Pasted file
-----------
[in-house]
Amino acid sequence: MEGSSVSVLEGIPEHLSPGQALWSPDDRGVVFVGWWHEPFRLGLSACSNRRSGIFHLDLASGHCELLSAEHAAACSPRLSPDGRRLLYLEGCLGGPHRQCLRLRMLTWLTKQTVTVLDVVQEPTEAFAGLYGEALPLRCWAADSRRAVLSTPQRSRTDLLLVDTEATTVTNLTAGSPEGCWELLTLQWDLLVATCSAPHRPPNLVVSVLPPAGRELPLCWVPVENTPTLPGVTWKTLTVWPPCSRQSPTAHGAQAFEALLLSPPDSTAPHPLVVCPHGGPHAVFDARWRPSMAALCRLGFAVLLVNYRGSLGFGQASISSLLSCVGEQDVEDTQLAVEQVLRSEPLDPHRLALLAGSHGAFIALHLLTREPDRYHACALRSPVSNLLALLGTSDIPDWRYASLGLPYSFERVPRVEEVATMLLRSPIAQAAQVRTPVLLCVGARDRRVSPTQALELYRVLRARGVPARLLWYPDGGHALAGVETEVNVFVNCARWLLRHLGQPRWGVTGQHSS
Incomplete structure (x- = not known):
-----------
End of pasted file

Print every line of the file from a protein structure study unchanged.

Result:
[in-house]
Amino acid sequence: MEGSSVSVLEGIPEHLSPGQALWSPDDRGVVFVGWWHEPFRLGLSACSNRRSGIFHLDLASGHCELLSAEHAAACSPRLSPDGRRLLYLEGCLGGPHRQCLRLRMLTWLTKQTVTVLDVVQEPTEAFAGLYGEALPLRCWAADSRRAVLSTPQRSRTDLLLVDTEATTVTNLTAGSPEGCWELLTLQWDLLVATCSAPHRPPNLVVSVLPPAGRELPLCWVPVENTPTLPGVTWKTLTVWPPCSRQSPTAHGAQAFEALLLSPPDSTAPHPLVVCPHGGPHAVFDARWRPSMAALCRLGFAVLLVNYRGSLGFGQASISSLLSCVGEQDVEDTQLAVEQVLRSEPLDPHRLALLAGSHGAFIALHLLTREPDRYHACALRSPVSNLLALLGTSDIPDWRYASLGLPYSFERVPRVEEVATMLLRSPIAQAAQVRTPVLLCVGARDRRVSPTQALELYRVLRARGVPARLLWYPDGGHALAGVETEVNVFVNCARWLLRHLGQPRWGVTGQHSS
Incomplete structure (x- = not known):